Hypertrophic KMP


HCM as a whole is characterized by:

1) severe LV myocardial hypertrophy,

2) a decrease in its cavity,

3) a violation of LV diastolic function.

Depending on the variant of hypertrophy, the following types of hcmp are distinguished: a) asymmetrical, b) symmetrical, c) apical. The asymmetrical type, in turn, may be accompanied by predominant hypertrophy of the upper, middle and lower third of the ICF, the thickness of which may be 1.5–3 times greater than the thickness of the LV LV wall. Clinically more severe, and the prognostic hazard is obstructive hypertrophic cardiovascular disease and obstruction of the output division of the LV (“subaortic subvalvular stenosis”). Echocardiography signs of this form of hcmp are: 1. Asymmetric thickening of MZhP and restriction of its mobility. 2. Perednesystolic movement of the valves MK. 3. AK cover during systole. 4. Hyperkinesis MZHP. 5. High pressure gradient in the outgoing LV. 6Mitral regurgitation and increase in LP.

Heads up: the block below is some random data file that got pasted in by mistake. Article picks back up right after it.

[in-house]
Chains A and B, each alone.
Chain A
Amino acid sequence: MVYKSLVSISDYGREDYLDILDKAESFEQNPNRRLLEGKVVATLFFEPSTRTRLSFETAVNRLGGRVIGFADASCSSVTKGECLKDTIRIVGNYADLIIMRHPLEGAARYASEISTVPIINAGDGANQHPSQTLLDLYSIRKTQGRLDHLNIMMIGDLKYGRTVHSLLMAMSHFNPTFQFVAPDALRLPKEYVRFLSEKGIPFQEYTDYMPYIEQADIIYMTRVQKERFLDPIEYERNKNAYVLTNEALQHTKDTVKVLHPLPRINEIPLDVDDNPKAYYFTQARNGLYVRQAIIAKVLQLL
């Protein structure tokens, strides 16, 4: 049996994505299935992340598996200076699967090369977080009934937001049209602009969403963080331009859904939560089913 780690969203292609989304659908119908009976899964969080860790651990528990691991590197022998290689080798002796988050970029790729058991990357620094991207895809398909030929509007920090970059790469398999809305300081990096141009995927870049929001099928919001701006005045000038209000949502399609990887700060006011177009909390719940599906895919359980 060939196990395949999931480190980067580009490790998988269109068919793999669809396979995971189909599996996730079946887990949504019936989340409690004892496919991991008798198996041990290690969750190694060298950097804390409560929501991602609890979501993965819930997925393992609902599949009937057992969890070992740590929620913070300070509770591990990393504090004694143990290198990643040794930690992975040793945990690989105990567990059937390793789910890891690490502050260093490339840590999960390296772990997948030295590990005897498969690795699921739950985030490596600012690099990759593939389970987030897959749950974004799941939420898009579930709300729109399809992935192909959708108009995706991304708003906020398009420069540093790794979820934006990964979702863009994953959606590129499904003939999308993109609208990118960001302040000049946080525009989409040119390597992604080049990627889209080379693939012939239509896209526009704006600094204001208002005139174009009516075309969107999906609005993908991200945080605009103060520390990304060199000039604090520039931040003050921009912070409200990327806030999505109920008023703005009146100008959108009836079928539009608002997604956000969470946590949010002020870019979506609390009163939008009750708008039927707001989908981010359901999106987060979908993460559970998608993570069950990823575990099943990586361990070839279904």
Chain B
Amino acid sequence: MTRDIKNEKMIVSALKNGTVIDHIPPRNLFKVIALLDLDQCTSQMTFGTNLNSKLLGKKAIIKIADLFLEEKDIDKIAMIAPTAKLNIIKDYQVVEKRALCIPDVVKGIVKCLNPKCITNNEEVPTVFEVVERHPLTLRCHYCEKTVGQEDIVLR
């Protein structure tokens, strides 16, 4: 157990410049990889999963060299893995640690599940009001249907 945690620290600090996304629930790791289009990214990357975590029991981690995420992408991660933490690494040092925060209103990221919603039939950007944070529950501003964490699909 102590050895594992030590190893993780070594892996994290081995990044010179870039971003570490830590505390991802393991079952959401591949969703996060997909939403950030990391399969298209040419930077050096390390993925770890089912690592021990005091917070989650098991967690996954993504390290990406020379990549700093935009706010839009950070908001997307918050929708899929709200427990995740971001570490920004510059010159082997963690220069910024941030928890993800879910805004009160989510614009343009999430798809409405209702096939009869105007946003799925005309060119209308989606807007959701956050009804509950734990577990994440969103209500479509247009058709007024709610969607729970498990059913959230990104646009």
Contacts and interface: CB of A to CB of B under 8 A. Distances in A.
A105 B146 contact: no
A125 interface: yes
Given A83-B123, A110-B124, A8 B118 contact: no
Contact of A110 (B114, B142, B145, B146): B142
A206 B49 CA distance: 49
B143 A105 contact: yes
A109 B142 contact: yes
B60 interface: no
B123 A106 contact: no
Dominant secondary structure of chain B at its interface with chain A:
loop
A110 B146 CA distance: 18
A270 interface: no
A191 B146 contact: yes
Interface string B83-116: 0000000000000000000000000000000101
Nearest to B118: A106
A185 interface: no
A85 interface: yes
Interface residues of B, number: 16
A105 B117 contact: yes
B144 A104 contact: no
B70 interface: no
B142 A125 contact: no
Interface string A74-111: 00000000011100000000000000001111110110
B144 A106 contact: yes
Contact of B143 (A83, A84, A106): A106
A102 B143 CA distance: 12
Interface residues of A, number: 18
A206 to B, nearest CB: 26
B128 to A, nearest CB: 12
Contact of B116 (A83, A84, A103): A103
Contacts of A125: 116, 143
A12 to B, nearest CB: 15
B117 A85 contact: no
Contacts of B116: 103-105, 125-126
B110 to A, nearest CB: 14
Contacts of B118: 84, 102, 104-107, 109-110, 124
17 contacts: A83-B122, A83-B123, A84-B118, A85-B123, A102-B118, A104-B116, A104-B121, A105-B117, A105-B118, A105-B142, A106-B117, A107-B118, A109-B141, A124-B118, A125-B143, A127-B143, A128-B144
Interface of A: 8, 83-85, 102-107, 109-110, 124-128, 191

Dilatsionny KMP (DCMP)

The most characteristic signs of DCM are: 1) significant dilatation of the LV (more than 40-50% of the standard values) with normal or reduced thickness of its walls, 2) a sharp violation of the systolic and diastolic functions of the LV (EF below 30-20%), 3) total LV hypokinesis, 4) a significant decrease in flow rates in the outgoing LV tract and pulmonary artery, 5) expansion of other heart chambers (LV, RV). When DCM in the cavities of the heart are often diagnosed near-wall thrombi.

Restrictive ILC (RCMP)

The concept of RCMP unites two diseases: endocardial fibrosis and eosinophilic fibroplastic endocarditis of Laeffer. Secondary RCMP can occur in diseases such as cardiac amyloidosis, hemochromatosis, and sarcoidosis. EchoCG in these diseases is characterized by: 1) symmetric hypertrophy of the LV wall, 2) reduced or normal LV cavity, 3) dilatation of the atria, 4) presence of granular induration in the myocardium, 5) increased echo signal from the LV endocardium, 6) signs of diastolic and systolic dysfunction LV, 7) the presence of a small pericardial effusion (not always).

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